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Original article (peer-reviewed)

Journal Developmental Psychology
Volume (Issue) 49(7)
Page(s) 1325 - 1329
Title of proceedings Developmental Psychology
DOI 10.1037/a0029746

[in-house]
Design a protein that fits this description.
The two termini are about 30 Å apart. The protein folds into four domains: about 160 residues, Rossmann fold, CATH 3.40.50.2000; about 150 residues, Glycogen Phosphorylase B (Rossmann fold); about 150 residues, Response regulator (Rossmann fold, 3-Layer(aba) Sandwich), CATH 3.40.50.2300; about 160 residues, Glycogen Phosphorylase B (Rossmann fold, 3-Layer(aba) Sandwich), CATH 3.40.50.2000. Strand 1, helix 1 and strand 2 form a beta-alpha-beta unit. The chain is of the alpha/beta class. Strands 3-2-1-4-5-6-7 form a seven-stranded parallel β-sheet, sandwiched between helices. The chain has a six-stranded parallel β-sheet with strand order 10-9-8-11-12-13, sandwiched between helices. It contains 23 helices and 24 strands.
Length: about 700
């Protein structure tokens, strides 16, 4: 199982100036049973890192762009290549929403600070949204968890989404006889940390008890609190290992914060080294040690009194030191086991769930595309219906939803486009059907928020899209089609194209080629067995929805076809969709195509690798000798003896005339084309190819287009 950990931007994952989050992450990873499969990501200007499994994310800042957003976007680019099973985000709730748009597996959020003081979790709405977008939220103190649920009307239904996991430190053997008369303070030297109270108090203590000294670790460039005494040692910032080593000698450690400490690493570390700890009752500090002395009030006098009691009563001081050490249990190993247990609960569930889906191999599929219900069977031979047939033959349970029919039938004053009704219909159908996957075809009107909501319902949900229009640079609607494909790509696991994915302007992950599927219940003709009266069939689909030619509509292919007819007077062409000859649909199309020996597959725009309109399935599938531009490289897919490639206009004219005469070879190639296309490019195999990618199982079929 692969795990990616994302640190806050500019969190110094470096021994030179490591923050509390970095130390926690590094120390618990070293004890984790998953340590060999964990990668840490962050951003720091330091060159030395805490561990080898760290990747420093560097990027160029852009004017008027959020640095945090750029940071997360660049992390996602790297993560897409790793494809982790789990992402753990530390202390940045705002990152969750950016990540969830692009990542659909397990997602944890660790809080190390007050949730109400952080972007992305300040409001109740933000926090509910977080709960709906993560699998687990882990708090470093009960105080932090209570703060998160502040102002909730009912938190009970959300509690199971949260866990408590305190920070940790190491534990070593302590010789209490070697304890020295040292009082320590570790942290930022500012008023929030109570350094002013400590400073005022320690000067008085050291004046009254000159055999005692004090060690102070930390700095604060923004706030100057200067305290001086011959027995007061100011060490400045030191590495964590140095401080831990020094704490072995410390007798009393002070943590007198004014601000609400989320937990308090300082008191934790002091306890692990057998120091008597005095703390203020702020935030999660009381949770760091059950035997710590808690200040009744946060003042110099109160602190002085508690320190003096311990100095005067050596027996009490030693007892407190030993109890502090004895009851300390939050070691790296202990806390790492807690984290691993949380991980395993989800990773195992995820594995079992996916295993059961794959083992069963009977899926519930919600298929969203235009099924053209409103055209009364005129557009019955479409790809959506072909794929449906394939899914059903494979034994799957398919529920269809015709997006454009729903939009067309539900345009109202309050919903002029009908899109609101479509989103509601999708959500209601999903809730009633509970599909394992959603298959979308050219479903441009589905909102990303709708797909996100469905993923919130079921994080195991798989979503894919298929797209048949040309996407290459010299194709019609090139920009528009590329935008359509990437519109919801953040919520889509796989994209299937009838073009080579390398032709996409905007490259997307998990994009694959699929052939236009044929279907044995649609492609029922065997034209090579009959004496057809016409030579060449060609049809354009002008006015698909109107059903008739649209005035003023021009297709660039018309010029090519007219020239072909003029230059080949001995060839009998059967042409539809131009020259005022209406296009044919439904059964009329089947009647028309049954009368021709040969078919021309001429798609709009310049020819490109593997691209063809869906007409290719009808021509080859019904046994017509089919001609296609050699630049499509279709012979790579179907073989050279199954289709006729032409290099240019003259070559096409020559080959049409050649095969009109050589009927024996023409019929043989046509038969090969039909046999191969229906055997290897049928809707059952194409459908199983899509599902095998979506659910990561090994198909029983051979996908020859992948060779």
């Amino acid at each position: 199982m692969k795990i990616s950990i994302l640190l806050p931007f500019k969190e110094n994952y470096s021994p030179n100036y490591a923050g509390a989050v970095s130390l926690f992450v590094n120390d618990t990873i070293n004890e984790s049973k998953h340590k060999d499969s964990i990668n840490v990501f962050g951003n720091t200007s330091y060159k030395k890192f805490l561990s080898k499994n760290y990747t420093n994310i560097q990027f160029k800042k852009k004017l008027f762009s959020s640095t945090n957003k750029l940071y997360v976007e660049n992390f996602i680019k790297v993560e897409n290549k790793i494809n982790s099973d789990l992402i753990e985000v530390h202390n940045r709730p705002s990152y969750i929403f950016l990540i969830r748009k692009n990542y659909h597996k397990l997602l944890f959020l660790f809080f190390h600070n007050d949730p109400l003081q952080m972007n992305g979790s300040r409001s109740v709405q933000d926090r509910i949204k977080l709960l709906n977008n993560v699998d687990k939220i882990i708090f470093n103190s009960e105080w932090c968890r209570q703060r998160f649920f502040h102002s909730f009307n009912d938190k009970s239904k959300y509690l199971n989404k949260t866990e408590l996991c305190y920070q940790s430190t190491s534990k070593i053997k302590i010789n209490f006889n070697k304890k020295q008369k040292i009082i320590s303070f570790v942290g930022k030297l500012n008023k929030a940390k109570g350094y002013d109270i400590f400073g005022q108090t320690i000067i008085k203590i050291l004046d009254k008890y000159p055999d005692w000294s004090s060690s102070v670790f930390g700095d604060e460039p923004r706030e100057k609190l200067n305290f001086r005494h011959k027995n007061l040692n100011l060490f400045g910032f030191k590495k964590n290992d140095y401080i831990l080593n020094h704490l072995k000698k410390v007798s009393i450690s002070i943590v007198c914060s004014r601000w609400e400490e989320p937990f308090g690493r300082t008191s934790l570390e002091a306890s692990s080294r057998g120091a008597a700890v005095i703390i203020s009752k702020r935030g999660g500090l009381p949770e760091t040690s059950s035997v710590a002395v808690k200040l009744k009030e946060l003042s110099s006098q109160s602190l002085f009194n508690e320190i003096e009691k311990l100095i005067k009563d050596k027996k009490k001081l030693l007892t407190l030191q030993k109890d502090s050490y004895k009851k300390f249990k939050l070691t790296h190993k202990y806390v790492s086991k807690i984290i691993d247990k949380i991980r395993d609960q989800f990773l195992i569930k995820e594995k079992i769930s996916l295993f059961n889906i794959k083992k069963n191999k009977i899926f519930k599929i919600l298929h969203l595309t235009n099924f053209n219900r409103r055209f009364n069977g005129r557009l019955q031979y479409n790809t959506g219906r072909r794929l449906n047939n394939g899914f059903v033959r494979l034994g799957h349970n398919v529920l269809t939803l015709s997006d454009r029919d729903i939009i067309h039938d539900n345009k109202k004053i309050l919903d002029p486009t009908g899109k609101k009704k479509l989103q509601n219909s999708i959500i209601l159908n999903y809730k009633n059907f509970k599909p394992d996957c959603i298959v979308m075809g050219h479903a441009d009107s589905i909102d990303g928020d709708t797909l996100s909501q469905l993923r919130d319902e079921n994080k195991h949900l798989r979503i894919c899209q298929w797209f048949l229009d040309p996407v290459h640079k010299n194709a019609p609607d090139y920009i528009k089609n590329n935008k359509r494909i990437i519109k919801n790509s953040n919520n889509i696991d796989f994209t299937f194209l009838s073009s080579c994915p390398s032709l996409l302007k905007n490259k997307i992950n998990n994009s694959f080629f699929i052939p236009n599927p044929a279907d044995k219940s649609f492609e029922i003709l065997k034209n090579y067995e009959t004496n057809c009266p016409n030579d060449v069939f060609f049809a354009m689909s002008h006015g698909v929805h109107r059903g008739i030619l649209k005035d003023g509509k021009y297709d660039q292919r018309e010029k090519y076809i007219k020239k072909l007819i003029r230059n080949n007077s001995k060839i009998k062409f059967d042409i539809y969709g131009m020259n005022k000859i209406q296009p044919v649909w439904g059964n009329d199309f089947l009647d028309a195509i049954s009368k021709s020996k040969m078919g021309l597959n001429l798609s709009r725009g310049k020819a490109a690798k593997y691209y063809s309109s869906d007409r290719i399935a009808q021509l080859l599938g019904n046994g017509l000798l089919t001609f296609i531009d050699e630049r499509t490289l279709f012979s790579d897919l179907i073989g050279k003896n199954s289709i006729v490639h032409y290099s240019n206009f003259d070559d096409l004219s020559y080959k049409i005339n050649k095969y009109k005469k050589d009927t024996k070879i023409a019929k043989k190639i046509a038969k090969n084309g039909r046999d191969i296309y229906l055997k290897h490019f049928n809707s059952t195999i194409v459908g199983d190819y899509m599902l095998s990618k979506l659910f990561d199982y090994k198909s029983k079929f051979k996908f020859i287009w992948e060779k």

Research on object cognition in infancy suggests that children from (at latest) one year of age are capable of individuating objects according to property/kind information. From previous work it remains unclear, however, whether infants in such studies truly apply sortal (kind) concepts or whether they merely track objects on the basis of superficial surface features. To clarify this question, we examined infants’ flexibility in tracking property changes. In particular, we investigated which property changes infants see as diagnostic for kind changes and whether they can dynamically adapt this view as a function of prior knowledge. Fourteen-month-old infants were presented with a salient property transformation indicating a category change (i.e., a rabbit was placed in a box but a carrot retrieved from it). Prior to the test half of the infants saw how a stuffed animal could be transformed into another object by a simple mechanism. The other half was naïve of this transformation. Only infants of the naïve group interpreted the property change observed in the subsequent test as diagnostic for a change in identity and thus, expected two objects to be present in the box. The results are discussed in the light of psychological essentialism trying to explain why infants treat some classes of property changes as diagnostic for changes in identity and others not.